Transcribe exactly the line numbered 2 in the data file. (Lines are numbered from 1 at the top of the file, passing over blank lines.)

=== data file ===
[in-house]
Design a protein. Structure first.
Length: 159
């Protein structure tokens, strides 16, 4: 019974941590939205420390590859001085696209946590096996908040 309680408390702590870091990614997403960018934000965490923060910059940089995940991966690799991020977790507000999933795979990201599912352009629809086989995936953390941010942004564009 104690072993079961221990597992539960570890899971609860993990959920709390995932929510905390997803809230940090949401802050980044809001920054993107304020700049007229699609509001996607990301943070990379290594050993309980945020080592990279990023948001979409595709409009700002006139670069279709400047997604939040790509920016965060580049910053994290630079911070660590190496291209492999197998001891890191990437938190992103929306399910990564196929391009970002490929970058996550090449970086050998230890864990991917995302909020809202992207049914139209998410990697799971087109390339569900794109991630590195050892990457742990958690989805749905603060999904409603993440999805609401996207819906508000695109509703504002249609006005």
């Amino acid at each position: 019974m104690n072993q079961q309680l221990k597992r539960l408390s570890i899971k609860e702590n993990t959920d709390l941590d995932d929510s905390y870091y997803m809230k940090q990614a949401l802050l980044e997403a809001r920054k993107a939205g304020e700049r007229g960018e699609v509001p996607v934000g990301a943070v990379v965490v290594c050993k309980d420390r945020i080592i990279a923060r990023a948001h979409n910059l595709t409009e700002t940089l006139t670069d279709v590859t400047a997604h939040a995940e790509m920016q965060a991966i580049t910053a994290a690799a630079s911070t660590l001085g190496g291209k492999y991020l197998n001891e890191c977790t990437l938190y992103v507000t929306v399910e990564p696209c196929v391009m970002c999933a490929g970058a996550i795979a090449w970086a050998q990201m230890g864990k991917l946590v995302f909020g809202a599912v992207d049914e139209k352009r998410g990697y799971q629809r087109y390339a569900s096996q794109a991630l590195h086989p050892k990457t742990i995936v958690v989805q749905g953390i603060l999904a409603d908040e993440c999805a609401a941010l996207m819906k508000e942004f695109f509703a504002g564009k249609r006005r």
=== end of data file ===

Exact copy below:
Design a protein. Structure first.